I've got this PC. It's thirdhand, so I'm guessing it's 4-5 years old, though I wouldn't actually know. 256 MB of RAM, 20 GB hard drive and the operating system was wiped clean. I had a (legal!) copy of Windows 2000 to install and register on it, but I thought it'd probably be much more fun to try and install Ubuntu on it. I haven't used that OS, and figured I might get something out of it.
I burned a copy of the latest version of Ubuntu from their website, started up the computer booting to the CD drive. The install instructions are kinda of lacking to start with - either my experience is atypical, or they really should mention it takes about 20-30 minutes of the computer buzzing (and occasionally going black for a while) for you to get in a log in screen. The first couple of days I tried this, I apparently gave up too early because I had no clue.
I can't get much farther than this login screen I keep getting - I've tried it as well with another burned CD, I've tried it as well xubuntu - because the system wants a username/password at this point, and I can't get any to work. I've tried variations of ubuntu/ubuntu, ubuntu/(nothing), root/(nothing) and none of it works.
The install guides don't mention this login screen at all, as far I as I can find. I thought maybe I half installed a version of ubuntu and I needed to delete it off before continuing, but there's no sign of something like that when I boot into W2000
Anyway go thru this process before? What am I not understanding?
I guessing that there's something wrong with your installation disks - either in the burning process or in the download. They've merged the LiveCD with the installation CD - so it should just boot up.
They've really streamlined the installation from previous versions, which were pretty smooth in their own right. Anything that seems weird probably isn't suppose to happen. Incidentally, once you get this installed, updating is a breeze
I've downloaded an ISO and will run it later tonight to see if I also experience your problem (although I probably won't be able to post anything until much late tonight). The machine I run Ubuntu on is an off-brand from 2001 - so it should definitely work on yours.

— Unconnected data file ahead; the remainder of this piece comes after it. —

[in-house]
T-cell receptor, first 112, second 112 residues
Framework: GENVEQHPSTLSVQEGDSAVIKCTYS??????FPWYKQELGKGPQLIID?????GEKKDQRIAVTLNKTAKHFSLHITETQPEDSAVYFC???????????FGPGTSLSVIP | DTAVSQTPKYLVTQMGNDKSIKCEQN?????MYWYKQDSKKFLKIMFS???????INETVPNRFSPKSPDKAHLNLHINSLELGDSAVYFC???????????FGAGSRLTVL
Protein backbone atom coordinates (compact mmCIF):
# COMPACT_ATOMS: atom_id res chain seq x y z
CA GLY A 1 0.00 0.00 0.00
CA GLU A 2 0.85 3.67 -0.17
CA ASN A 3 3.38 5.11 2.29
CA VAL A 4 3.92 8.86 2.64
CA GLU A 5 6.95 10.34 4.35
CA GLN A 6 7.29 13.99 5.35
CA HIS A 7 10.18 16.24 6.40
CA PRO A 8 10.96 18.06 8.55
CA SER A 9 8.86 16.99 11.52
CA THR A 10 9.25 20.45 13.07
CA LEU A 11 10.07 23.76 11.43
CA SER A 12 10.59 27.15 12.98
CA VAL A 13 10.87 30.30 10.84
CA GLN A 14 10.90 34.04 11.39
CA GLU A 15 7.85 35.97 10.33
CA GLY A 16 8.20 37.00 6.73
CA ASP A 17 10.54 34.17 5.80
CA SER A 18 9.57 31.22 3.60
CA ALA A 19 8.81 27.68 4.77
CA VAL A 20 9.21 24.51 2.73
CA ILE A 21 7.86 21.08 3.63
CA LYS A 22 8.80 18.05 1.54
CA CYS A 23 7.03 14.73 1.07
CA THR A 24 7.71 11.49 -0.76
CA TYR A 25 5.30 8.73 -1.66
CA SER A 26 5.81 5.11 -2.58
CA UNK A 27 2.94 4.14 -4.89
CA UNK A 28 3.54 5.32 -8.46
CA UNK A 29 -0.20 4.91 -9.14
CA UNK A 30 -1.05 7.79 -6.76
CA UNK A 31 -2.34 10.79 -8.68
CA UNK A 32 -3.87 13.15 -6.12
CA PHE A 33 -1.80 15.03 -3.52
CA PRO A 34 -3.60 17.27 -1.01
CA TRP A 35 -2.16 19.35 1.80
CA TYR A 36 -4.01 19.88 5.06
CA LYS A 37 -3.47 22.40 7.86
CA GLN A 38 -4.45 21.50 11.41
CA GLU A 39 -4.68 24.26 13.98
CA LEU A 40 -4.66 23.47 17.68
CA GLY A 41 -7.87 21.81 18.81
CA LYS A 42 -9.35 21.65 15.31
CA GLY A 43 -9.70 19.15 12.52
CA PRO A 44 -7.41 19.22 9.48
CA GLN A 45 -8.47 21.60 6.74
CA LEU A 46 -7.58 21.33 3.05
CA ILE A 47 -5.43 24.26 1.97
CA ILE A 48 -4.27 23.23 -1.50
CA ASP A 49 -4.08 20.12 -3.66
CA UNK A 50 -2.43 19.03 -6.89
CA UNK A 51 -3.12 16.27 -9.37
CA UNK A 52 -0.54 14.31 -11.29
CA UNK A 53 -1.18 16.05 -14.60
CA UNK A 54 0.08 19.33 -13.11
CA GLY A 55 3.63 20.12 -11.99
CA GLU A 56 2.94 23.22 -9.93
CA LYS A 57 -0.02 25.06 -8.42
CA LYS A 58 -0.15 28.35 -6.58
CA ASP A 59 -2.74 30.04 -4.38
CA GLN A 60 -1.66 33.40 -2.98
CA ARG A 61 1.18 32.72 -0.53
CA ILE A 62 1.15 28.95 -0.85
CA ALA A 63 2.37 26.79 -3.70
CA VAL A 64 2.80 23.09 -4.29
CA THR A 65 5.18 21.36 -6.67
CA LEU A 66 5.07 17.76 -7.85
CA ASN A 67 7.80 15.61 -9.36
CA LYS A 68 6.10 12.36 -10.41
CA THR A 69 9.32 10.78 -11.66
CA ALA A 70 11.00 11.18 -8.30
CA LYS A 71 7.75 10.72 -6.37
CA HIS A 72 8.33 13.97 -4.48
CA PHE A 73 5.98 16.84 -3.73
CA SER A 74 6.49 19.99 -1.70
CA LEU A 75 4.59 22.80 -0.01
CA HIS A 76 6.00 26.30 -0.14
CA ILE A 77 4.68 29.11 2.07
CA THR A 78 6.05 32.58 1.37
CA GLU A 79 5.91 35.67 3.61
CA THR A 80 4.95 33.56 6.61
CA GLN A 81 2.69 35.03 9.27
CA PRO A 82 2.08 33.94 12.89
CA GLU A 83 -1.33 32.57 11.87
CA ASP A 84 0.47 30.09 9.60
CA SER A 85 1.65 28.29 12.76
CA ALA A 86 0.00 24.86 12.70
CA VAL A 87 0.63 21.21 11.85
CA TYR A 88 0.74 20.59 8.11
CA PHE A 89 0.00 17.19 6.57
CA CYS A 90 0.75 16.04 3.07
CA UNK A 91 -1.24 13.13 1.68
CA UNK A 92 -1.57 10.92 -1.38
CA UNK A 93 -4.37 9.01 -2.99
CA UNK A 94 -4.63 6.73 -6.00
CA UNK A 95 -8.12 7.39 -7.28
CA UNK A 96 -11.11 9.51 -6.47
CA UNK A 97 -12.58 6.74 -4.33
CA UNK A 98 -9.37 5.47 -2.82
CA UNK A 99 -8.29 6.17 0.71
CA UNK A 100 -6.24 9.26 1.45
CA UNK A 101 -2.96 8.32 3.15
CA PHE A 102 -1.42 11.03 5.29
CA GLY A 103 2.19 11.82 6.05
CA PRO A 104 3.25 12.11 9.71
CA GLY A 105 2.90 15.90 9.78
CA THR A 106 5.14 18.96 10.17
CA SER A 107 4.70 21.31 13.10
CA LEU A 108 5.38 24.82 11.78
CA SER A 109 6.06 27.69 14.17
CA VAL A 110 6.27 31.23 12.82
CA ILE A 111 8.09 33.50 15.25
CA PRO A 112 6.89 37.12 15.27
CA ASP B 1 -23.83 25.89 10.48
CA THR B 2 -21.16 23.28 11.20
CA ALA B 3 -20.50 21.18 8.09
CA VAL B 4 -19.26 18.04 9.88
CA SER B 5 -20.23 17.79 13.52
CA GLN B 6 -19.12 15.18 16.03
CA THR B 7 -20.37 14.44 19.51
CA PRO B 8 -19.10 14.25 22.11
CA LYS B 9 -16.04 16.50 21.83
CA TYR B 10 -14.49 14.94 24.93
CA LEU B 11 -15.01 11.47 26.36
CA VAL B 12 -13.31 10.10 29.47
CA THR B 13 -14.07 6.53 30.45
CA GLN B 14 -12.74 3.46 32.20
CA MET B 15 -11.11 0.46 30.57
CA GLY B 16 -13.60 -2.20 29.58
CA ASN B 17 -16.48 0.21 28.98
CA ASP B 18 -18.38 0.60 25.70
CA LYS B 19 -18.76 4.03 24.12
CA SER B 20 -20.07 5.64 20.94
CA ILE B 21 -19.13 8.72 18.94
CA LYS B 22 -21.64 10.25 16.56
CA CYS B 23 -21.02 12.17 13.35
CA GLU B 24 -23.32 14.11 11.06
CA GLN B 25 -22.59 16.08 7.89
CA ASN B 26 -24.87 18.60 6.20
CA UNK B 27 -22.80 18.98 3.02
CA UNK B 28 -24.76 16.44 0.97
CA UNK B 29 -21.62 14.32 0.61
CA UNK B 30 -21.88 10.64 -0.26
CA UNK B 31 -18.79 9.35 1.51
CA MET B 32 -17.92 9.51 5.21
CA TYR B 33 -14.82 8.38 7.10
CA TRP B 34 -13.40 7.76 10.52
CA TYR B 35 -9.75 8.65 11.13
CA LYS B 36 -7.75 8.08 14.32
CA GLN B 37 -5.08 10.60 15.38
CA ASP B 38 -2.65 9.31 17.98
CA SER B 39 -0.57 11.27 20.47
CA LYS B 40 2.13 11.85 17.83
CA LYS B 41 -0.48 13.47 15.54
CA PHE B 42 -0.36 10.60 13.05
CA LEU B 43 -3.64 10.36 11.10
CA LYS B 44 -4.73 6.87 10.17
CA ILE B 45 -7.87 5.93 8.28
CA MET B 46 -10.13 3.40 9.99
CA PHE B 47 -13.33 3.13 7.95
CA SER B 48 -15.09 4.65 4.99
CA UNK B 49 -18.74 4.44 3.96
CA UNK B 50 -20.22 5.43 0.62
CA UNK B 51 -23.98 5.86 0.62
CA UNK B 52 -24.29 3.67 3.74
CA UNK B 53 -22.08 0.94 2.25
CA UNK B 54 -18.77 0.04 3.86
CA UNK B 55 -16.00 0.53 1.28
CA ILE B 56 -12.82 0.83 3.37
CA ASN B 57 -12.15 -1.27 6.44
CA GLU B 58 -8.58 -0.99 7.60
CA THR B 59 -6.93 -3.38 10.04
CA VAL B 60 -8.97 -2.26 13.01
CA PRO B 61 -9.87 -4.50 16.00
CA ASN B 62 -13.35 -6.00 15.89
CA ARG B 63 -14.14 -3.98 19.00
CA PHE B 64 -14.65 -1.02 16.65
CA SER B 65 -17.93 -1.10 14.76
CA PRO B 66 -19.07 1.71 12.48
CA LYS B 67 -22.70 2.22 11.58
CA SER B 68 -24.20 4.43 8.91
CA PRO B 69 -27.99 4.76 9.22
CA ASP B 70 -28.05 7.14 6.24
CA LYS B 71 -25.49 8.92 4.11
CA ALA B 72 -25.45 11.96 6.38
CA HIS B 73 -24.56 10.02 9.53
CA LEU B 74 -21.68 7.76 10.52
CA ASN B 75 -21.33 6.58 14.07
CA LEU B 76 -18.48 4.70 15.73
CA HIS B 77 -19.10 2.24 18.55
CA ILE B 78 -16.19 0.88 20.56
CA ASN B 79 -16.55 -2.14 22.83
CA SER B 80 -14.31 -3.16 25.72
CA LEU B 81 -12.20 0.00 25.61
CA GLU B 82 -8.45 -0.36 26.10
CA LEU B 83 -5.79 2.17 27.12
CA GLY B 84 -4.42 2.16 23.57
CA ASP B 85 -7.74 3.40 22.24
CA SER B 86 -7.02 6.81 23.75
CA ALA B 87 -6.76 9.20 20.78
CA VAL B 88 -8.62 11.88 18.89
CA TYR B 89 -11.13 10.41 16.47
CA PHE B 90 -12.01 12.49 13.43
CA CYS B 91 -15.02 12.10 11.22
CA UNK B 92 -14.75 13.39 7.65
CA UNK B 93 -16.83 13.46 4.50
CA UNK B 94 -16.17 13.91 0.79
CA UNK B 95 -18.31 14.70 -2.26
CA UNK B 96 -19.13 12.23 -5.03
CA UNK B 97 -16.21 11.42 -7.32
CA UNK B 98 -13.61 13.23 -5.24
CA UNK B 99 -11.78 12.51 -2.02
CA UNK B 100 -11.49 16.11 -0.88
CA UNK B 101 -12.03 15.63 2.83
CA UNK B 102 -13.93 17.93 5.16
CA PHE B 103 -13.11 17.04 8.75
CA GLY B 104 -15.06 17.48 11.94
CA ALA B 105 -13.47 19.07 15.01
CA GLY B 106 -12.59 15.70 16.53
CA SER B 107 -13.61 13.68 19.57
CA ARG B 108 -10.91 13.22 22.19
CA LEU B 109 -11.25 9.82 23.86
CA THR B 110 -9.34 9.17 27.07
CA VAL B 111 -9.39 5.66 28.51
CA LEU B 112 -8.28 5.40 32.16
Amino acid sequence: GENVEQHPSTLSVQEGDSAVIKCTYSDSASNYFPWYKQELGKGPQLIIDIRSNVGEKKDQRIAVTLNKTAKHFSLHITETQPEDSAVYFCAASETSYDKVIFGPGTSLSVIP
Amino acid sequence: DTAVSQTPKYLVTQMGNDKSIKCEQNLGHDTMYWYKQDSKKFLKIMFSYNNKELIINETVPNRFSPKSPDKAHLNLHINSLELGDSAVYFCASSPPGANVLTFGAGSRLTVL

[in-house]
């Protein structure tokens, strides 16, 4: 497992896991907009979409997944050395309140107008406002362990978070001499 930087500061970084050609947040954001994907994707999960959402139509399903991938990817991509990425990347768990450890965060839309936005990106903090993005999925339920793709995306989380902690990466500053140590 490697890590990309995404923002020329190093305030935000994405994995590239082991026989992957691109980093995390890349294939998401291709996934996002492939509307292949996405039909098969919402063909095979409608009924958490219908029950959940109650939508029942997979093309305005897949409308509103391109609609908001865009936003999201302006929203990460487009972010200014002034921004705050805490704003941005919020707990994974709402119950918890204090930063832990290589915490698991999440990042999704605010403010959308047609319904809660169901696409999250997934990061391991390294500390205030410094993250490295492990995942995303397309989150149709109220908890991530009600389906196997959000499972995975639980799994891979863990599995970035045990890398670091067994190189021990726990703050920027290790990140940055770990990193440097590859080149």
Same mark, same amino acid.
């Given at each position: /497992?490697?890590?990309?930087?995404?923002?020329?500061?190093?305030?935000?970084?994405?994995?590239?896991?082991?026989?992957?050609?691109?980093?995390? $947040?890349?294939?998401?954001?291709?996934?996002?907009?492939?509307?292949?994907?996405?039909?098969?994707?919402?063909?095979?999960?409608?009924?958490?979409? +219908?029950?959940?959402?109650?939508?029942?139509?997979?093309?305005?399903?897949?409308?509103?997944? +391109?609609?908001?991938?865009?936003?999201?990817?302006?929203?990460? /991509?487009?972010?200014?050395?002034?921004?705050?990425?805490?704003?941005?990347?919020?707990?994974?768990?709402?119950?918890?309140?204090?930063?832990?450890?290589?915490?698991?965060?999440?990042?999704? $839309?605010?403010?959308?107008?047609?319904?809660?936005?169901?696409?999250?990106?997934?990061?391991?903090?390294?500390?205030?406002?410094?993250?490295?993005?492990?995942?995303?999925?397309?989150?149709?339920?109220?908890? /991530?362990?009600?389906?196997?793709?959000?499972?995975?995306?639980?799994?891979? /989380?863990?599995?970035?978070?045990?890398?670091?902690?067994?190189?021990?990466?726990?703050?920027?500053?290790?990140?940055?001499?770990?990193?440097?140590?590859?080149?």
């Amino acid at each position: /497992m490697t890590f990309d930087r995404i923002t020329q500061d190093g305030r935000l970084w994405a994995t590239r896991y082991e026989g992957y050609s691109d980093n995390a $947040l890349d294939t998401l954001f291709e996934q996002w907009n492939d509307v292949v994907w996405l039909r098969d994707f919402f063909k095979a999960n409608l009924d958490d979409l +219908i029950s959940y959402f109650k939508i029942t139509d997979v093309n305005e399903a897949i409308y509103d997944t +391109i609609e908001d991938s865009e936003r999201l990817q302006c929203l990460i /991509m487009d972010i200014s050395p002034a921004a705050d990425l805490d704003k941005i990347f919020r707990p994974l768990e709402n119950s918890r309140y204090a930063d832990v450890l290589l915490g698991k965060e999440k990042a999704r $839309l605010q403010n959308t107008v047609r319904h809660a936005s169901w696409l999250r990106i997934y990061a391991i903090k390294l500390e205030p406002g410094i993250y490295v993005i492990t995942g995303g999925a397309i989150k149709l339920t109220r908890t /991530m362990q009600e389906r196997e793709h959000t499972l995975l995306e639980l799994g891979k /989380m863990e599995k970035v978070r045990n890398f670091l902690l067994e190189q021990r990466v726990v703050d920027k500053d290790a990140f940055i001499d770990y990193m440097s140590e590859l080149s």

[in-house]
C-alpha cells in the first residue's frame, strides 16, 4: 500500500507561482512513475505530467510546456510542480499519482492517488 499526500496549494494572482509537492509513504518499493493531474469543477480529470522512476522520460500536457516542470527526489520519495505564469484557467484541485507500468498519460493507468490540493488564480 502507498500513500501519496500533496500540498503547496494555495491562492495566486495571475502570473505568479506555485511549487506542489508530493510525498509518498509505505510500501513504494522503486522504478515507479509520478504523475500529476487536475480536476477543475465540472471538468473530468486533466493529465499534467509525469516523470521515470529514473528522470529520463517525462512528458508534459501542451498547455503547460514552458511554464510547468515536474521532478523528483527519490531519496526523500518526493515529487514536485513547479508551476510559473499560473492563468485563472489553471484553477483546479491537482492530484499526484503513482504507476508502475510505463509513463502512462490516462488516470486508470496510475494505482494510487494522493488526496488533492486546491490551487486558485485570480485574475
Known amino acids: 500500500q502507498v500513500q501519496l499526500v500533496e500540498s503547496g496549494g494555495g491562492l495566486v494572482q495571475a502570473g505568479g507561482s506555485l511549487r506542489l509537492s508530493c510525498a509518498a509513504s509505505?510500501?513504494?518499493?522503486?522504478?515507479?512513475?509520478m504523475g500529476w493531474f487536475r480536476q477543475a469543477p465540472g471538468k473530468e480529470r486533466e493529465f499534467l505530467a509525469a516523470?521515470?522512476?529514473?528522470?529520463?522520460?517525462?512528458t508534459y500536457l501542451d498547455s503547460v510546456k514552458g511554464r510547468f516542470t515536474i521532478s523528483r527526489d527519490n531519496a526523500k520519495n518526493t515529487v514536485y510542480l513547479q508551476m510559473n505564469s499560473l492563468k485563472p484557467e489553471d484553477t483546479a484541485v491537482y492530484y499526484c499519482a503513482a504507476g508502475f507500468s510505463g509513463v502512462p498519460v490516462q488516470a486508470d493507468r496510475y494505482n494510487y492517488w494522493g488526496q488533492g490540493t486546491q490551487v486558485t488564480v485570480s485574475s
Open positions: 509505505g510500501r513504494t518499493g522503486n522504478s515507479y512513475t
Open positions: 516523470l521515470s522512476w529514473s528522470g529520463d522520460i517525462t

(edited by Leroy on 9.7.07 1536)
"Oh my God! They have a shit-load of Cockapoo stuff!" -Jennifer's greatest quote... ever.
As Guru said, that doesn't sound like any Ubuntu (or other Linux distro install) I've ever heard of. Almost sounds like the video didn't work and it defaulted to installing after 20 minutes of no input. Although that sounds like a dangerous default to me.
On that hardware, I'd recommend Xubuntu, actually, although I haven't used Xfce much myself (I'm a WindowMaker user from wayback). If you've got a couple bucks to throw at it, you might be able to upgrade the RAM for cheap and that will certainly make the biggest difference of all.
You also may want to try the "Alternate Install" disk, as with that machine you're walking a line:
Originally posted by the Ubuntu.com Website [The alternate install CD] installs on systems with less than about 256MB of RAM (although note that low-memory systems may not be able to run a full desktop environment reasonably).
If the machine is a brand name like a Dell or HP or Compaq, etc., a chunk of main memory may be used for Video Memory, meaning although you've got 256MB, you don't have 256MB available to the OS at any given time because 16/32/64 are being dedicated to graphics memory. If that's the case, you might try the Alternate Install CD (here) or just go ahead and get Xubuntu instead. Also, check the BIOS -- you might be able to reduce the amount of memory dedicated to video to 8MB or 16MB if it's set at 32MB or 64MB.
I ended up trying it with the Xubuntu Alternate CD. On Monday, it kept getting having problems created partitions. I gave it another try Wednesday, and it created the partition fine, but kept getting stuck when trying to install the system files.
I figured out it's a ACER Pentium 3, and I wonder if it's just too old to get this to work. I think I'm going to bail on the idea. Thanks for the help anyway.
Apparently the European Commission and Microsoft worked out an agreement whereby Windows users who have Internet Explorer as their default web browser receive a screen that lets them know that other browsers are available. It's pretty interesting to me....